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The children’s garden brings natural therapy to the Hincks-Dellcrest Centre

Published on September 23, 2013

Children's gardenA painted sign leads the way to the children's garden at the
Hincks-Dellcrest Centre (Photo: Celeste Longhurst)

By Celeste Longhurst, Project Manager, Evergreen

Carol Knibbe, an art therapist at The Hincks-Dellcrest Centre, noticed traditional therapy was not meeting the needs of all her clients, many of whom had experienced deep trauma and loss early in life. She began taking these clients outside to plant flower bulbs, and found that they responded incredibly well to this simple therapeutic treatment. From this the idea for the children’s garden at the centre was seeded and began to grow.

The Hincks-Dellcrest Centre is a mental health facility that focuses primarily on servicing children and youth from high-needs neighbourhoods in the Greater Toronto Area. Located near Keele Street and Sheppard Avenue West, the centre’s vision is to bring hope, optimism and possibilities to the children and families they serve.

Through the program, the outdoor space at the centre has been transformed from an unused grassy patch of land into a thriving garden that is actively used by children and youth in their therapy sessions.

A nine-year-old boy, who had experienced much family violence and liked to make pretend weapons, began participating in gardening activities and helped construct a scarecrow. Initially he wanted the scarecrow to have a gun. After doing therapy sessions in the garden he invented a duct tape and tube "watering device" that had two spouts, "to water two plants at once." He was very excited about creating this device, and his therapists were thrilled to see his energy expressed in a productive way instead of focusing on aggressive items to protect himself.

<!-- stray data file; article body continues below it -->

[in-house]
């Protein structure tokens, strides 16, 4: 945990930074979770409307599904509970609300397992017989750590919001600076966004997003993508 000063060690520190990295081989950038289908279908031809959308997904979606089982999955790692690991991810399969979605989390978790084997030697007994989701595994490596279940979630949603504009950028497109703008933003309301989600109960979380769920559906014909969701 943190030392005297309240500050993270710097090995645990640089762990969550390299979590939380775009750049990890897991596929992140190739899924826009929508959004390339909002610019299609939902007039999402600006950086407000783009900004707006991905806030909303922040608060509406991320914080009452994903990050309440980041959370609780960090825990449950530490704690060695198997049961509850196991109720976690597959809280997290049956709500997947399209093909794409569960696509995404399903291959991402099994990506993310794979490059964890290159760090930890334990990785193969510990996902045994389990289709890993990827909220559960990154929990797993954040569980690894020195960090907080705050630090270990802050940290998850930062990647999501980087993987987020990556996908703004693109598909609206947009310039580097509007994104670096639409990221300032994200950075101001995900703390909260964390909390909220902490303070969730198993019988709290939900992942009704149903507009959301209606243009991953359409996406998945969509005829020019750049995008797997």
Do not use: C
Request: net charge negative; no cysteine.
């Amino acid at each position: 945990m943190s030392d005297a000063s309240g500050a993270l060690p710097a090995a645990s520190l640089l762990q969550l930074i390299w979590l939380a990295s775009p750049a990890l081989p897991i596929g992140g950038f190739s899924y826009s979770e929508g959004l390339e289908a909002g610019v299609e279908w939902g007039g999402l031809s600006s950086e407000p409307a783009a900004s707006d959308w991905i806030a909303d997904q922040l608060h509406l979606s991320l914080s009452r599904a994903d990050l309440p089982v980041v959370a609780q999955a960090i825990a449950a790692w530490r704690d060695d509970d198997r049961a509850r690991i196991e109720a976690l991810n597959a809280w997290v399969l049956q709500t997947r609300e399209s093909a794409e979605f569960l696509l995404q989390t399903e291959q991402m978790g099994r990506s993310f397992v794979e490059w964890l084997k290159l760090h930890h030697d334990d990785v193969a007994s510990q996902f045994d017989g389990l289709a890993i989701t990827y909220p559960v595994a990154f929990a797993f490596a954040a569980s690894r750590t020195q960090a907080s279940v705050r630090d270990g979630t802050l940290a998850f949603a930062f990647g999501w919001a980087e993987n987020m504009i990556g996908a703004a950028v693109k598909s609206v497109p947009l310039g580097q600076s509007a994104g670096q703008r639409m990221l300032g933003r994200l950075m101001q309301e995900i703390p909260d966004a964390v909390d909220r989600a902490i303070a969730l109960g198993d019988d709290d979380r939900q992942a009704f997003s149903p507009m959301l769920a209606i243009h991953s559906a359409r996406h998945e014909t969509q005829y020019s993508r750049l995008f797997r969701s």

Strawberry patch in children's gardenPainted signs for the garden, like this one for the strawberry patch, gives the children a chance to flex their creative muscles as well as their green thumbs (Photo: Celeste Longhurst)

From Carol’s initiative, the idea of nature-therapy has sprouted and continues to flourish, with suggestions from the youth and children of the centre. Asking for more fruits, a strawberry patch was planted (and yes—children are allowed to eat the strawberries!) One child suggested building a research centre to try out different seeds Another child who enjoyed working with clay came up with the idea that each child should build a clay brick, and that together all the bricks could be used to build a greenhouse so the garden season could be extended throughout the winter.

The Hincks-Dellcrest Centre isn’t finished growing their garden—they have big plans for the next phase, including a pond-less waterfall for relaxation and meditation, planting a variety of fruit trees, building a larger seating area for children, youth and families to enjoy the garden, and a greenhouse (as per the children’s suggestions!)

Evergreen is proud to support the Hincks-Dellcrest Centre’s efforts to provide a natural therapeutic space that helps transform mental health treatment for children and youth.

To learn more about this and other amazing projects taking root with the support of the Walmart–Evergreen Green Grants program across Canada, visit our website!